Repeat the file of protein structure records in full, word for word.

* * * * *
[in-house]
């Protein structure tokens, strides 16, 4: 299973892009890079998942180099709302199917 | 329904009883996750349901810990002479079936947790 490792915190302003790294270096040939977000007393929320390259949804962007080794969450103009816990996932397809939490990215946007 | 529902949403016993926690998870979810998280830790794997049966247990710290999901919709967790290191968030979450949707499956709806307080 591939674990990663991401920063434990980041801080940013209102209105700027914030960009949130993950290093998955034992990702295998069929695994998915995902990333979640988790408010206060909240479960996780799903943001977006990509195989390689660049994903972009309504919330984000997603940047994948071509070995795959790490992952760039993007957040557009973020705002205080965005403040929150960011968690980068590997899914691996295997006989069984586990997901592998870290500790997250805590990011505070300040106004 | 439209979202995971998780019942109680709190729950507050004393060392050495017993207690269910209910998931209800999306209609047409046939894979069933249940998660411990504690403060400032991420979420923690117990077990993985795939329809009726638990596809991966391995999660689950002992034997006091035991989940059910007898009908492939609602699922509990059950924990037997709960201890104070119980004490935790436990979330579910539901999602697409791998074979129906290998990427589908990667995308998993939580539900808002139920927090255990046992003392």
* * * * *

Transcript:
[in-house]
């Protein structure tokens, strides 16, 4: 299973892009890079998942180099709302199917 | 329904009883996750349901810990002479079936947790 490792915190302003790294270096040939977000007393929320390259949804962007080794969450103009816990996932397809939490990215946007 | 529902949403016993926690998870979810998280830790794997049966247990710290999901919709967790290191968030979450949707499956709806307080 591939674990990663991401920063434990980041801080940013209102209105700027914030960009949130993950290093998955034992990702295998069929695994998915995902990333979640988790408010206060909240479960996780799903943001977006990509195989390689660049994903972009309504919330984000997603940047994948071509070995795959790490992952760039993007957040557009973020705002205080965005403040929150960011968690980068590997899914691996295997006989069984586990997901592998870290500790997250805590990011505070300040106004 | 439209979202995971998780019942109680709190729950507050004393060392050495017993207690269910209910998931209800999306209609047409046939894979069933249940998660411990504690403060400032991420979420923690117990077990993985795939329809009726638990596809991966391995999660689950002992034997006091035991989940059910007898009908492939609602699922509990059950924990037997709960201890104070119980004490935790436990979330579910539901999602697409791998074979129906290998990427589908990667995308998993939580539900808002139920927090255990046992003392």